October 9, 2006

Marie Antoinette - Part 2

When Marie Antoinette arrived in France (from her native country, Austria) as the bride of the future King of France, she had to make a first stop in a temporary building, erected for the ceremony right on the border between France and Savoy. Before she could enter France she had to go through a dressing/undressing ritual: she was completely stripped of her magnificent wedding garments and all her Austrian belongings were taken away, including her pug, Mops. Then she was provided with all new French-made clothing. This was to symbolize her complete de-Austrification, and her being now a French "possession" (eventually Mops found his way to Versailles).

Since a little girl, Marie Antoinette had been treated like a doll, and her life had been a dress rehearsal, so the fact that she kept using clothes and appearances as a way to express herself it's not a surprise.

One of her personality trait was the genuine desire to please people, starting with her very rigid and demanding mother. Now, only 15 years old and away from everything familiar to her, she strived to please the people that represented her new family.

Women in France had already begun to raise their hair with pads and pomade and wore big luxurious gowns, and so Marie Antoinette embraced France's new styles and fashions as one way to show her sincere dedication to her new country.

And she took it a step further...

With Marie Antoinette, the pouf fashion reached the extremes that made it a period trademark, with heights up to three feet, and a profusion of ornaments and objects on it that showcased current events, turning a noble woman's hairdo almost into a bulletin board.

Rose Bertin, her modist, was the genius behind the pouf, and working together with Leonard, the royal hairdresser, created a coiffure that became all the rage all over Europe.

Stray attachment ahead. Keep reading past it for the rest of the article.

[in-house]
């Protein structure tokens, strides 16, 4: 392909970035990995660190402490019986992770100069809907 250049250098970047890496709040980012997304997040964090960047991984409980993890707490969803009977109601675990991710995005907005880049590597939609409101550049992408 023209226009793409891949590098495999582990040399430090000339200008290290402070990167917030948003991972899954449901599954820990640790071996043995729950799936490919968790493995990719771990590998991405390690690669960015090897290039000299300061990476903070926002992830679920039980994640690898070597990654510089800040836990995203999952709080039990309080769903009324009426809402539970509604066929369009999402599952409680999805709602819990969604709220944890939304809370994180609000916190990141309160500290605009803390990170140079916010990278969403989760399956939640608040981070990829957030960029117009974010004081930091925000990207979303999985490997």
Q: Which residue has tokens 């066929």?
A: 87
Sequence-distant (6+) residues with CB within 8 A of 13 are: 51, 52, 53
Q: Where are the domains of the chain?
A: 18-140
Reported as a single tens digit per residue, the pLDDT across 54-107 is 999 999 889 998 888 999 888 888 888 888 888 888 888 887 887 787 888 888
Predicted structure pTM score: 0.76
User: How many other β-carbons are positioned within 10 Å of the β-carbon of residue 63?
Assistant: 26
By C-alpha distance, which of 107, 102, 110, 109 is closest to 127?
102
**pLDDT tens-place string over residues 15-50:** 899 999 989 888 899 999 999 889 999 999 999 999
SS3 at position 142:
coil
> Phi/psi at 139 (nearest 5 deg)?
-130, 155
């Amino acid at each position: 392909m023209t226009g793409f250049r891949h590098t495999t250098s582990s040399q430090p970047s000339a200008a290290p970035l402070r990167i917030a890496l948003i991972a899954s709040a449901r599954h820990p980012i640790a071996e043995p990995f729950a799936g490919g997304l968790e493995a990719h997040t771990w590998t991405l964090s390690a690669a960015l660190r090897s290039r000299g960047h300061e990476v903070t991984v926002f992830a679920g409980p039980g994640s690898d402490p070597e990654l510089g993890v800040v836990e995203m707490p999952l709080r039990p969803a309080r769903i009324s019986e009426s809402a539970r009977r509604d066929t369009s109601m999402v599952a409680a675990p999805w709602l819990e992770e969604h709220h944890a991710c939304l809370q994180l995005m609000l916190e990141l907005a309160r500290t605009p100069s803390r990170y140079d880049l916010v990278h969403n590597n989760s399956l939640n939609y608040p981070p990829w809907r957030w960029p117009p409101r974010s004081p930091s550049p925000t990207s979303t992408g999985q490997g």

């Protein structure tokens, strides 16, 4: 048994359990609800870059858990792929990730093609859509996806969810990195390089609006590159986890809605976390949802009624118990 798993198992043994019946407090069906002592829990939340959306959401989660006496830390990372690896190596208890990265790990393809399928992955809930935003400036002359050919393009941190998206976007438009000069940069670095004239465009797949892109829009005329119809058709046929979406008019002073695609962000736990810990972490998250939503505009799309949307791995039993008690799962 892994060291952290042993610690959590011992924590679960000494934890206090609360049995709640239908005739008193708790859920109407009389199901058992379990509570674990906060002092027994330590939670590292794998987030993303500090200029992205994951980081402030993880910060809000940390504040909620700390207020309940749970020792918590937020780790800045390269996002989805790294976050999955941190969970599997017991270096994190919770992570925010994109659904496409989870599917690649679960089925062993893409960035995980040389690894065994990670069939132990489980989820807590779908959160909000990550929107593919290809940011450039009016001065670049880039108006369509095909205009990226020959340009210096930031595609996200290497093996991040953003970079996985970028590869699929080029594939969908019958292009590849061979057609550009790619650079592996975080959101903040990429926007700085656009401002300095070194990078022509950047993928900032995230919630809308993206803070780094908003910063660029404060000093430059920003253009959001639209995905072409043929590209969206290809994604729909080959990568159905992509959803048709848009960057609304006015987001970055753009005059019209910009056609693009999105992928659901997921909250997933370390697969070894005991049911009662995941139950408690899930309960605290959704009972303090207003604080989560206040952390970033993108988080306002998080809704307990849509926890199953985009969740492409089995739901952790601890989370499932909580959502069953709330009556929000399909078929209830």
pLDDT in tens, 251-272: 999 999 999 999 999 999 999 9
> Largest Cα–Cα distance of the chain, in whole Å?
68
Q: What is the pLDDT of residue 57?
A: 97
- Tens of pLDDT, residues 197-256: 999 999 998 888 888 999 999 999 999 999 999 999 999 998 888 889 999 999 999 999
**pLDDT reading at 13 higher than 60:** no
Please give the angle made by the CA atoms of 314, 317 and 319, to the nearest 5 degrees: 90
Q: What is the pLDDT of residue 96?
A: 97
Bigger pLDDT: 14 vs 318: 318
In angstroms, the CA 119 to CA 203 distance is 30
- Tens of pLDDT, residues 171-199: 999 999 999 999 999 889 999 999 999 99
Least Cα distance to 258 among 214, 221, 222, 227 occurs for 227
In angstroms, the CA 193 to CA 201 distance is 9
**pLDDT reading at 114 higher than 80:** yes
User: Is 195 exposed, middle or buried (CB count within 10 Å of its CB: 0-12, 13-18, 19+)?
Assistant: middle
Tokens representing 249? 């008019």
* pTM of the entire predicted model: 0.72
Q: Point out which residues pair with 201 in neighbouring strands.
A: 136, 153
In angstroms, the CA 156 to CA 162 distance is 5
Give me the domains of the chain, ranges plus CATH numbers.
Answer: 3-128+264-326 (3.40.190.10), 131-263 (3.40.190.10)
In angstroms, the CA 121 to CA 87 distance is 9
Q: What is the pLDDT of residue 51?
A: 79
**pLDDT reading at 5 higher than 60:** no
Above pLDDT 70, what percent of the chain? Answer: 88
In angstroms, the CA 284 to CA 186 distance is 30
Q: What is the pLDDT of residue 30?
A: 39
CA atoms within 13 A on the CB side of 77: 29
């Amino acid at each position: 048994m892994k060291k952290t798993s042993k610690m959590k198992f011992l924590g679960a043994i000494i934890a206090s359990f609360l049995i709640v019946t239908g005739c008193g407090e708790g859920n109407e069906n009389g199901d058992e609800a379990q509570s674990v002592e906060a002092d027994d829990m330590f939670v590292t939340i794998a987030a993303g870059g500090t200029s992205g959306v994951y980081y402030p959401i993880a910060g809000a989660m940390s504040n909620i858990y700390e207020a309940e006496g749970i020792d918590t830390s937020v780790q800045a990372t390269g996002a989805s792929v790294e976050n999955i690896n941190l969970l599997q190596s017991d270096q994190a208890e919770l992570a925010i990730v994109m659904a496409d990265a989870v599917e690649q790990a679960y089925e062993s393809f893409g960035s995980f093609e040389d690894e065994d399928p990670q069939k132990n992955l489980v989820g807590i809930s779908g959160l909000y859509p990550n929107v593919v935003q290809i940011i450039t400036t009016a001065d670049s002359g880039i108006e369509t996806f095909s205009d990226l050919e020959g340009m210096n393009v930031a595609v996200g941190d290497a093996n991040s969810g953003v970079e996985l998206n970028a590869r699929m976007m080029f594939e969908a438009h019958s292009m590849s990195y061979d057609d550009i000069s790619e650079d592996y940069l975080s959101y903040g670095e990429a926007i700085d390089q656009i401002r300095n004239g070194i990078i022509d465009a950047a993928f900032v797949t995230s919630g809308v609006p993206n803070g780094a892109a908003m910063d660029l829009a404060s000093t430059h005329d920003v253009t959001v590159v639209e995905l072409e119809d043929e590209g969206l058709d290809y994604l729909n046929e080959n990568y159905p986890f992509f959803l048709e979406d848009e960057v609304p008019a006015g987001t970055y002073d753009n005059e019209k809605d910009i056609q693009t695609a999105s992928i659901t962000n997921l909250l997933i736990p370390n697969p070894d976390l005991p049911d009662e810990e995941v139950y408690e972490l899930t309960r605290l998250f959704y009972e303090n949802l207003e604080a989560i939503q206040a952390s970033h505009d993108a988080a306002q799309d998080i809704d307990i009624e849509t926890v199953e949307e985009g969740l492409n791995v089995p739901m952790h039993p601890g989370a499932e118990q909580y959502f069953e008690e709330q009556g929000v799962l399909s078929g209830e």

Leonard would start by interweaving Marie Antoinette's real hair with fake tresses and arrange it on a wire form placed on her head and padded with wool. Then he would stiffen the hair with pomade and cover it with powder. After this foundation was ready, the real fun begun: the hair would be accessorized, stylized, cut into defining scenes, modeled into shapes, fruits, things, from recent gossip to nativities to husband's infidelities, to French naval vessels like the "Belle Poule", to the pouf "aux insurgents" in honor of the American independence war.

The most famous one was the "inoculation" pouf that the Queen wore to publicized her success in persuading the King to be vaccinated against smallpox.

Rose Bertin, called Minister of Fashion by her detractors, was also the mind behind almost every new dress commissioned by Marie Antoinette. The dresses, and even more the hair, became Marie Antoinette's personal expression's vehicles and Bertin clothed the Queen for more than 20 years, from 1770, when she was a young princess, until her dethronement in 1792.

After winning the favors of Marie Antoinette, Rose Bertin became a powerful figure at court, and her gowns and headdresses would easily cost twenty times what a skilled worker of the time earned in a year.

These big gowns ensured that its wearer took at least three times as much space as her male counterpart, thus making the female figure an imposing (not passive) presence.